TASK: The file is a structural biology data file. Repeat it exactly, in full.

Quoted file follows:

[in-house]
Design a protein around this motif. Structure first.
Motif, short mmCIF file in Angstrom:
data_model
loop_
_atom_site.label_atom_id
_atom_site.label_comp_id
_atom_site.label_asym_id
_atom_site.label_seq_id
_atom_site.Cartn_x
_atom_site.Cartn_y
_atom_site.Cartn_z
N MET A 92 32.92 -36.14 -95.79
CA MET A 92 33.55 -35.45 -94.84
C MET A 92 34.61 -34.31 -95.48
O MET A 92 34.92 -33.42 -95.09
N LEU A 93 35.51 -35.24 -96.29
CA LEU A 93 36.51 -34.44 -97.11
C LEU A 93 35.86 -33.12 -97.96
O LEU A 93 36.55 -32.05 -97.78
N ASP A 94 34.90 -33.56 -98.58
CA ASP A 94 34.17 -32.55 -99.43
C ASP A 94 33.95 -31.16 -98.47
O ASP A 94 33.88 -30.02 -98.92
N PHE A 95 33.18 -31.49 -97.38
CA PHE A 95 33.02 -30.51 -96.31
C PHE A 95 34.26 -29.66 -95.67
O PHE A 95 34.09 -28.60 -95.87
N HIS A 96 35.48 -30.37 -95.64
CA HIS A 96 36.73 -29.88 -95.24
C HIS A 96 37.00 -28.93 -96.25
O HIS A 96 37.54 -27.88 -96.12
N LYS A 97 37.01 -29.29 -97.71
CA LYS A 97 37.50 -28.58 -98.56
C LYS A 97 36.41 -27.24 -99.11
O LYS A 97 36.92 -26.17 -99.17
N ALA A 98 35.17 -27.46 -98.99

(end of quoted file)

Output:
[in-house]
Design a protein around this motif. Structure first.
Motif, short mmCIF file in Angstrom:
data_model
loop_
_atom_site.label_atom_id
_atom_site.label_comp_id
_atom_site.label_asym_id
_atom_site.label_seq_id
_atom_site.Cartn_x
_atom_site.Cartn_y
_atom_site.Cartn_z
N MET A 92 32.92 -36.14 -95.79
CA MET A 92 33.55 -35.45 -94.84
C MET A 92 34.61 -34.31 -95.48
O MET A 92 34.92 -33.42 -95.09
N LEU A 93 35.51 -35.24 -96.29
CA LEU A 93 36.51 -34.44 -97.11
C LEU A 93 35.86 -33.12 -97.96
O LEU A 93 36.55 -32.05 -97.78
N ASP A 94 34.90 -33.56 -98.58
CA ASP A 94 34.17 -32.55 -99.43
C ASP A 94 33.95 -31.16 -98.47
O ASP A 94 33.88 -30.02 -98.92
N PHE A 95 33.18 -31.49 -97.38
CA PHE A 95 33.02 -30.51 -96.31
C PHE A 95 34.26 -29.66 -95.67
O PHE A 95 34.09 -28.60 -95.87
N HIS A 96 35.48 -30.37 -95.64
CA HIS A 96 36.73 -29.88 -95.24
C HIS A 96 37.00 -28.93 -96.25
O HIS A 96 37.54 -27.88 -96.12
N LYS A 97 37.01 -29.29 -97.71
CA LYS A 97 37.50 -28.58 -98.56
C LYS A 97 36.41 -27.24 -99.11
O LYS A 97 36.92 -26.17 -99.17
N ALA A 98 35.17 -27.46 -98.99